Electronic tolling devices installed below 60th Street in Manhattan will be introduced after December 31 2020. The scheme could raise up to $US 1bn per year for MTA with The New York Post reporting that 80% of congestion revenue could go to the New York City Subway and the remaining 20% to Metro-North and Long Island Rail Road commuter networks.

The state budget also includes a Progressive Mansion Tax, which aims to raise $US 365m from high-end property transfers, and will be used to support up to $US 5bn in financing for Metropolitan Transit Authority (MTA) projects. The state has also eliminated an Internet Tax Advantage, a sales tax loophole on internet retail businesses, which could raise a further $US 320m for MTA.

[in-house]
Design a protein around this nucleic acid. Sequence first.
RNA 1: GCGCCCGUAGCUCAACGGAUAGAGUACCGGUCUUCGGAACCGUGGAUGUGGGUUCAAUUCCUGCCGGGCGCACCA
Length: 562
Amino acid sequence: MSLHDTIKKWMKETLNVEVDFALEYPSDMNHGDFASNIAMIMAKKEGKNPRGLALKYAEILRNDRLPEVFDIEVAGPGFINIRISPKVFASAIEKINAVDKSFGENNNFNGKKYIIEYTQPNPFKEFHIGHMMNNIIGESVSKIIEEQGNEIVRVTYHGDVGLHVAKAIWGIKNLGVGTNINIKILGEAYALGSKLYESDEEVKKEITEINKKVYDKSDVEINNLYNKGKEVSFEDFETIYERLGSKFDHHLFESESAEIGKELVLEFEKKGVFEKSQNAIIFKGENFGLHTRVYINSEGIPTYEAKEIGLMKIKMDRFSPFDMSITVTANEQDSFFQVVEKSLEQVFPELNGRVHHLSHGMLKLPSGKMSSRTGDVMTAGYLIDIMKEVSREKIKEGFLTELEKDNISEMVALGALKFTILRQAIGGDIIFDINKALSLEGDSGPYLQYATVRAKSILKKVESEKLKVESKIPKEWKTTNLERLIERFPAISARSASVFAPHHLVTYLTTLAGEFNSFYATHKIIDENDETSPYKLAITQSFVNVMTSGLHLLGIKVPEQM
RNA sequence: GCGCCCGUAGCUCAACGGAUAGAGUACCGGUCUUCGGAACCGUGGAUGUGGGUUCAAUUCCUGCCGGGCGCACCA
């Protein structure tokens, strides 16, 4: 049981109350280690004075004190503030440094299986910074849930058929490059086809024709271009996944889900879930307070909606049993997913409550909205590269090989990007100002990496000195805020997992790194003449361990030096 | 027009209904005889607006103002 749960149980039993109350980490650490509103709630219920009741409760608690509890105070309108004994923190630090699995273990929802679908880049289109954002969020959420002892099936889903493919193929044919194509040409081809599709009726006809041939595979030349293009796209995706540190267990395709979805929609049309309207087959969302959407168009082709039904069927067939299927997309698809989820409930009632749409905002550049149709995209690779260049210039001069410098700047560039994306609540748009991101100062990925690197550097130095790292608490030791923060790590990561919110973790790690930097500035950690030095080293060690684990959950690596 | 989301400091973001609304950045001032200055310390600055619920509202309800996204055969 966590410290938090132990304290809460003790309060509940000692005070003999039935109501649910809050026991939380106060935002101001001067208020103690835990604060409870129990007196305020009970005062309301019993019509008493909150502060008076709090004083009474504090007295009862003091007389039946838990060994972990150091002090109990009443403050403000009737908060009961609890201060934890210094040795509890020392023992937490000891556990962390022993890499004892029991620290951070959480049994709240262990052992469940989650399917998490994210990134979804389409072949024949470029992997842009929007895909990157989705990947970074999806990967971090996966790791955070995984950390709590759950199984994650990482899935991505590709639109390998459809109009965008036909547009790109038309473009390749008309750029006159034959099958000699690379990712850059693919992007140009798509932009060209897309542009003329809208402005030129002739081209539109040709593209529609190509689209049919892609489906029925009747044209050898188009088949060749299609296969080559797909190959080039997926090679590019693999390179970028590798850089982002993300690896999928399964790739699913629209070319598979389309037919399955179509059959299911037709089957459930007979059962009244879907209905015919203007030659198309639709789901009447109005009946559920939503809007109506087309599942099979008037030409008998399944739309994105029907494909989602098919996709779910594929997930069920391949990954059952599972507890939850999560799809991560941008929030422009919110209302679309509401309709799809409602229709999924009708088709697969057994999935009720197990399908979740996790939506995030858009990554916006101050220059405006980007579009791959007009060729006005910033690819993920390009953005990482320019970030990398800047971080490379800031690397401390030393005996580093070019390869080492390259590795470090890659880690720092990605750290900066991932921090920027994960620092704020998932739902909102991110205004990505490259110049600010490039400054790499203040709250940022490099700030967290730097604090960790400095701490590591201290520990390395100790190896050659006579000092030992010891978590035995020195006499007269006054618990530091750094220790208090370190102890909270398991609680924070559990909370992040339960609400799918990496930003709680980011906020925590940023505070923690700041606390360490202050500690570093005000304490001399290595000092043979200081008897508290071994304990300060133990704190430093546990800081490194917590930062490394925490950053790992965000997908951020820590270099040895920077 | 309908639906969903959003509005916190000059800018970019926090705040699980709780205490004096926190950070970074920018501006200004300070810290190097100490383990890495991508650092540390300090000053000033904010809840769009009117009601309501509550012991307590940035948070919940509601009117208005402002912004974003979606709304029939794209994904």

A plan to introduce congestion charging in New York by previous mayor Mr Michael Bloomberg failed in 2008. However, public opinion of the measure has shifted in recent years, with a recent poll indicating that 52% of registered voters in New York state support the measure, and 39% oppose.

For more on MTA's plans for improving subway and commuter network performance, see the January issue of IRJ p40, or click here.